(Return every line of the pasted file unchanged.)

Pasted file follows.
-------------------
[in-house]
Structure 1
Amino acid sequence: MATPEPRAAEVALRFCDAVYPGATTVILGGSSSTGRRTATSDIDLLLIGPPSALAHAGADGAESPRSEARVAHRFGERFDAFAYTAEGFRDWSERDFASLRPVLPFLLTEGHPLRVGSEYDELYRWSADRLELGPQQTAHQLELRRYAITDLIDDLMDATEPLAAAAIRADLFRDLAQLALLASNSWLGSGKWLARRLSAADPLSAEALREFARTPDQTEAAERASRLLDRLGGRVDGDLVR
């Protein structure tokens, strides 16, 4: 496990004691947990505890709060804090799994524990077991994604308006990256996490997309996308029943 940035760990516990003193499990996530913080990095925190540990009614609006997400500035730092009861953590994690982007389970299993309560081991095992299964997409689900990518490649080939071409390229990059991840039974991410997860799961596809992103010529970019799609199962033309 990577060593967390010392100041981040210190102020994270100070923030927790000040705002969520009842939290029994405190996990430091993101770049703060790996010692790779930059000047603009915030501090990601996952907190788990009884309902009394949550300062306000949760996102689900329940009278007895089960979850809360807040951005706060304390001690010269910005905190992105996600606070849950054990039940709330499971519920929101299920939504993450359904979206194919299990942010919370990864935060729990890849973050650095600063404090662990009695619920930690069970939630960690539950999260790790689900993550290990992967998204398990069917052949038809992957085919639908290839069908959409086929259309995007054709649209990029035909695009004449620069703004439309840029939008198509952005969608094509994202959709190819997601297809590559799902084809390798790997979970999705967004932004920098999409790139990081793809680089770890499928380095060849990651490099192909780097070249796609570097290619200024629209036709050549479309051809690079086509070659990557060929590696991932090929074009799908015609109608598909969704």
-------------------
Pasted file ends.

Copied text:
[in-house]
Structure 1
Amino acid sequence: MATPEPRAAEVALRFCDAVYPGATTVILGGSSSTGRRTATSDIDLLLIGPPSALAHAGADGAESPRSEARVAHRFGERFDAFAYTAEGFRDWSERDFASLRPVLPFLLTEGHPLRVGSEYDELYRWSADRLELGPQQTAHQLELRRYAITDLIDDLMDATEPLAAAAIRADLFRDLAQLALLASNSWLGSGKWLARRLSAADPLSAEALREFARTPDQTEAAERASRLLDRLGGRVDGDLVR
């Protein structure tokens, strides 16, 4: 496990004691947990505890709060804090799994524990077991994604308006990256996490997309996308029943 940035760990516990003193499990996530913080990095925190540990009614609006997400500035730092009861953590994690982007389970299993309560081991095992299964997409689900990518490649080939071409390229990059991840039974991410997860799961596809992103010529970019799609199962033309 990577060593967390010392100041981040210190102020994270100070923030927790000040705002969520009842939290029994405190996990430091993101770049703060790996010692790779930059000047603009915030501090990601996952907190788990009884309902009394949550300062306000949760996102689900329940009278007895089960979850809360807040951005706060304390001690010269910005905190992105996600606070849950054990039940709330499971519920929101299920939504993450359904979206194919299990942010919370990864935060729990890849973050650095600063404090662990009695619920930690069970939630960690539950999260790790689900993550290990992967998204398990069917052949038809992957085919639908290839069908959409086929259309995007054709649209990029035909695009004449620069703004439309840029939008198509952005969608094509994202959709190819997601297809590559799902084809390798790997979970999705967004932004920098999409790139990081793809680089770890499928380095060849990651490099192909780097070249796609570097290619200024629209036709050549479309051809690079086509070659990557060929590696991932090929074009799908015609109608598909969704």